Older patients are particularly vulnerable to adverse drug reactions (ADRs) because age is associated with changes in pharmacokinetics and pharmacodynamics that may alter drug metabolism. In addition, other conditions, commonly observed in older adults, may increase the risk of ADRs in the older population (including polypharmacy, comorbidity, cognitive and functional limitations). ADRs in older adults are frequently preventable, suggesting that screening and prevention programmes aimed at reducing the rate of iatrogenic illness are necessary in this population. The present study reviews available approaches that may be used to screen and prevent the occurrence of ADRs in older adults, including medication review, avoiding the use of potentially inappropriate medications, computer-based prescribing systems and comprehensive geriatric assessment. Available evidence on these approaches is mixed and controversial, and none of them showed a clear beneficial effect on patients' health outcomes. Limitation of these interventions is the lack of standardisation, and these differences may give reason for the variability of the results documented in randomised clinical studies. Interestingly, most of the available research is focused on a single intervention targeting either clinical or pharmacological factors causing ADRs. When these approaches are combined, positive effects on patients health outcomes can be shown, suggesting that integration of skills from different health care professionals is needed to address medical complexity of the older adults. The challenge for future research is to integrate valuable information obtained by existing instruments and methodologies in a complete and global approach targeting all potential factors involved in the onset of ADRs.

Onder, G., Van Der Cammen, T., Petrovic, M., Somers, A., Rajkumar, C., Strategies to reduce the risk of iatrogenic illness in complex older adults, <<AGE AND AGEING>>, 2013; 42 (3): 284-291. [doi:10.1093/ageing/aft038] [http://hdl.handle.net/10807/51571]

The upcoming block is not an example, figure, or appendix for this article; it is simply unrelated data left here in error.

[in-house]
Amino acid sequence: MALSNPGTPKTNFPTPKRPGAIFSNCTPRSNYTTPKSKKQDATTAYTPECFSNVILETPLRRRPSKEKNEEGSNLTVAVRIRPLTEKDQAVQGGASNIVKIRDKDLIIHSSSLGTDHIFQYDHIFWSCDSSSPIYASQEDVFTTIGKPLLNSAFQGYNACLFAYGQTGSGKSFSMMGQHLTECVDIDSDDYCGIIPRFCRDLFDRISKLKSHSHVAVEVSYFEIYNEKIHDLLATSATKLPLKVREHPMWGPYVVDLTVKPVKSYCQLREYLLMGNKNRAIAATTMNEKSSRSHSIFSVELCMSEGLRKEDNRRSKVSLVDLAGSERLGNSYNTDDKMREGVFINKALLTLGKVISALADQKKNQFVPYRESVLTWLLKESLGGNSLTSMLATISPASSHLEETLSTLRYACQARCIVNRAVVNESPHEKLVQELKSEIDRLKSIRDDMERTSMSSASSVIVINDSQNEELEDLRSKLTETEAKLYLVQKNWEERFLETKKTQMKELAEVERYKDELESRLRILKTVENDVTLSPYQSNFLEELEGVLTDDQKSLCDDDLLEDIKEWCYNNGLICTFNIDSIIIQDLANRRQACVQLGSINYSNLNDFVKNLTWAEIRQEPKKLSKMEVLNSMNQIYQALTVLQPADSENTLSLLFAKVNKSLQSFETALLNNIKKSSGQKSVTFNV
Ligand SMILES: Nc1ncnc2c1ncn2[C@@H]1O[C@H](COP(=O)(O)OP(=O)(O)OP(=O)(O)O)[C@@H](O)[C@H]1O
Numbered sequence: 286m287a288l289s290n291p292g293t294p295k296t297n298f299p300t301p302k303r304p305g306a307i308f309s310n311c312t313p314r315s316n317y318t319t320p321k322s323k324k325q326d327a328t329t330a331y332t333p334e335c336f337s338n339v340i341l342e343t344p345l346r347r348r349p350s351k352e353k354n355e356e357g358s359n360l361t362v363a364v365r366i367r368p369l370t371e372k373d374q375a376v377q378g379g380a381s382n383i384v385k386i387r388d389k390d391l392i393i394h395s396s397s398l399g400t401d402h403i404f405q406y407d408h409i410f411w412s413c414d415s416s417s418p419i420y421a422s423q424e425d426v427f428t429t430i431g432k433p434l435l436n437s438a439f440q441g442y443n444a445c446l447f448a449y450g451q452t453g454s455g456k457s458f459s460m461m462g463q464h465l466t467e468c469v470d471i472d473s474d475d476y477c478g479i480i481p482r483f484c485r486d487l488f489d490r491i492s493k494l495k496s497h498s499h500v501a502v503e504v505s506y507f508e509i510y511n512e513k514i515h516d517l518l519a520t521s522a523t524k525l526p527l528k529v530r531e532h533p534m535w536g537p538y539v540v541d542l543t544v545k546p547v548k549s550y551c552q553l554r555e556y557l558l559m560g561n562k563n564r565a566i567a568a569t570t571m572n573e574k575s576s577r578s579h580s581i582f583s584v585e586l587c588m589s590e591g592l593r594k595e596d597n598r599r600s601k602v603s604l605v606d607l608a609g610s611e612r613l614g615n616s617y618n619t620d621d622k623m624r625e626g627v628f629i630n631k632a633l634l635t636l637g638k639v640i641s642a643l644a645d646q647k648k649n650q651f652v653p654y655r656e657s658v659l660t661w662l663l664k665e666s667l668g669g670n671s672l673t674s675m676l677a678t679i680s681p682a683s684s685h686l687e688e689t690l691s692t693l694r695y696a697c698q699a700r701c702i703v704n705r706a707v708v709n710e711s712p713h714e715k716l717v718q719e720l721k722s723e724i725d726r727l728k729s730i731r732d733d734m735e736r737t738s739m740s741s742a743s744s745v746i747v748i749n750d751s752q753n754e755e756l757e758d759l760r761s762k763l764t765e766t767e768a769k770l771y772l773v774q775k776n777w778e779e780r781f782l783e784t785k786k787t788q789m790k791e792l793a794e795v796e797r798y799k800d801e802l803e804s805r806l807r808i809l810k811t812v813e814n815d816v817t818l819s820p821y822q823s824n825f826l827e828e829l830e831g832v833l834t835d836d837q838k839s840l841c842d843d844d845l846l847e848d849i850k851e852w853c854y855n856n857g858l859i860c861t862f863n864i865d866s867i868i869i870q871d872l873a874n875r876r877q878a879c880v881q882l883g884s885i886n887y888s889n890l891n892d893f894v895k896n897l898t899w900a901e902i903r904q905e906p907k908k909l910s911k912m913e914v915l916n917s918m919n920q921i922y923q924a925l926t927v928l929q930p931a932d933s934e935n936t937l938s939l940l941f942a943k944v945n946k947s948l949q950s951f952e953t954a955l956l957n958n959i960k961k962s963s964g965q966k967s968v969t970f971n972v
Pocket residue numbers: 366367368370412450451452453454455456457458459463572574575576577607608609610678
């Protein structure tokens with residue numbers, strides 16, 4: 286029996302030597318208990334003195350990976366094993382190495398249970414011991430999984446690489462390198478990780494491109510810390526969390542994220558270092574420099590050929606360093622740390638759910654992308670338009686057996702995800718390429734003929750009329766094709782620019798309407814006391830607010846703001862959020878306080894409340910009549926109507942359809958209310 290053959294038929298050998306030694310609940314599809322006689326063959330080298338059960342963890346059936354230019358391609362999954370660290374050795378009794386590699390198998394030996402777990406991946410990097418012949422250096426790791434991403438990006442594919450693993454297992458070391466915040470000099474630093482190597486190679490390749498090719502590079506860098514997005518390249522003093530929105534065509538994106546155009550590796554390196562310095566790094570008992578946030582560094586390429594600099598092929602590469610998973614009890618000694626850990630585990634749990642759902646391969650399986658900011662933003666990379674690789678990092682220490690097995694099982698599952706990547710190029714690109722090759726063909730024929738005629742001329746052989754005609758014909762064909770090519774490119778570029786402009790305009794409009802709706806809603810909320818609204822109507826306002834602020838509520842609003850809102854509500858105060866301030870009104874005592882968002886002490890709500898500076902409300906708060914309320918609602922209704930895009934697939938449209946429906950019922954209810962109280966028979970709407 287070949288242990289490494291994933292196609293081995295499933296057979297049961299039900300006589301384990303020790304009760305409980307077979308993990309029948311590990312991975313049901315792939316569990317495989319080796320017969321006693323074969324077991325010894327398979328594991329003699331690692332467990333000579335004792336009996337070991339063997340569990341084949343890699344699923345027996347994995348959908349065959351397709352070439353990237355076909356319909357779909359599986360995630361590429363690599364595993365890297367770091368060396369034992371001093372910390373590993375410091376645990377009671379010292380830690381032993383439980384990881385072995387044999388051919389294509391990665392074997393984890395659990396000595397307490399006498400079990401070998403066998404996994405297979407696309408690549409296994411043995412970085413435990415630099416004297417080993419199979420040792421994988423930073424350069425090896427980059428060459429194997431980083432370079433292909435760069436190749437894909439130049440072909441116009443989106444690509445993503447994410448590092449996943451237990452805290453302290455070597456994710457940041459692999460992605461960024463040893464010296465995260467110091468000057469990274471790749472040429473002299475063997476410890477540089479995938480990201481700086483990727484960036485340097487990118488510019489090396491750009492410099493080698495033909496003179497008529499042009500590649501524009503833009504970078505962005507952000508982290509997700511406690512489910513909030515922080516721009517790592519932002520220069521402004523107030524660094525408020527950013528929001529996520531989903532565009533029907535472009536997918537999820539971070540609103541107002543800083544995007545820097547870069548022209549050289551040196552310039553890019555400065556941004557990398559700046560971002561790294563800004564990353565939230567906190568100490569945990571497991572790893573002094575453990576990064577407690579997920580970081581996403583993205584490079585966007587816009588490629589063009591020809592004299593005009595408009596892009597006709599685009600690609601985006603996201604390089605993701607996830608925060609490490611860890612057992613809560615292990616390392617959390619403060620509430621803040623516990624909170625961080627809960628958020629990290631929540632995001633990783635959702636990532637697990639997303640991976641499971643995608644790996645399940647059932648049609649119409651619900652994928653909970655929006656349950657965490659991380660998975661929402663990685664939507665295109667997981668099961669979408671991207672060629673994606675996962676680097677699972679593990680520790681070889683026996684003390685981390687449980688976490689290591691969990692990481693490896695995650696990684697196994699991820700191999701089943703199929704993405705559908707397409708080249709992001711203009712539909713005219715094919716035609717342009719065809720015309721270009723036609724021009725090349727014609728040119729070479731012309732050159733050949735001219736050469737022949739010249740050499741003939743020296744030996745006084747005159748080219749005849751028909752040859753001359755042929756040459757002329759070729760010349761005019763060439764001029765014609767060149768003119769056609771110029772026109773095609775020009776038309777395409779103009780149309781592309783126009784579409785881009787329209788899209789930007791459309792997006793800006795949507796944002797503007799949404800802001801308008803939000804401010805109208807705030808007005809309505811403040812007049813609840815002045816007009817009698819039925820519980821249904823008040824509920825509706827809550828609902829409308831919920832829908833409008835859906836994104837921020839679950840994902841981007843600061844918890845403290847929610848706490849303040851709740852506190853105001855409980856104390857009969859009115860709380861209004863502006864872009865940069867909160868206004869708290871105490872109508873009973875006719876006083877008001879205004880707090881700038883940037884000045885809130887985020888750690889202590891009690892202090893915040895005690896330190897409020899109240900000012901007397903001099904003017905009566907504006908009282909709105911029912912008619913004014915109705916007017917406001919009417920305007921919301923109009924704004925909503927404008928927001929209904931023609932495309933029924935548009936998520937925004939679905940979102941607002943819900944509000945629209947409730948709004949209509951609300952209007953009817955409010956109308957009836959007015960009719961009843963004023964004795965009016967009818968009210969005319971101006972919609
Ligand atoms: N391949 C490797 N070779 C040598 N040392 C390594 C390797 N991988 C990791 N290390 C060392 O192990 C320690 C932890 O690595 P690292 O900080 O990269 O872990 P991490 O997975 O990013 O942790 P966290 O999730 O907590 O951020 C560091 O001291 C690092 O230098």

Strategies to reduce the risk of iatrogenic illness in complex older adults

Onder, Graziano;
2013

Abstract

Older patients are particularly vulnerable to adverse drug reactions (ADRs) because age is associated with changes in pharmacokinetics and pharmacodynamics that may alter drug metabolism. In addition, other conditions, commonly observed in older adults, may increase the risk of ADRs in the older population (including polypharmacy, comorbidity, cognitive and functional limitations). ADRs in older adults are frequently preventable, suggesting that screening and prevention programmes aimed at reducing the rate of iatrogenic illness are necessary in this population. The present study reviews available approaches that may be used to screen and prevent the occurrence of ADRs in older adults, including medication review, avoiding the use of potentially inappropriate medications, computer-based prescribing systems and comprehensive geriatric assessment. Available evidence on these approaches is mixed and controversial, and none of them showed a clear beneficial effect on patients' health outcomes. Limitation of these interventions is the lack of standardisation, and these differences may give reason for the variability of the results documented in randomised clinical studies. Interestingly, most of the available research is focused on a single intervention targeting either clinical or pharmacological factors causing ADRs. When these approaches are combined, positive effects on patients health outcomes can be shown, suggesting that integration of skills from different health care professionals is needed to address medical complexity of the older adults. The challenge for future research is to integrate valuable information obtained by existing instruments and methodologies in a complete and global approach targeting all potential factors involved in the onset of ADRs.
2013
Inglese
Onder, G., Van Der Cammen, T., Petrovic, M., Somers, A., Rajkumar, C., Strategies to reduce the risk of iatrogenic illness in complex older adults, <<AGE AND AGEING>>, 2013; 42 (3): 284-291. [doi:10.1093/ageing/aft038] [http://hdl.handle.net/10807/51571]
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Utilizza questo identificativo per citare o creare un link a questo documento: https://hdl.handle.net/10807/51571
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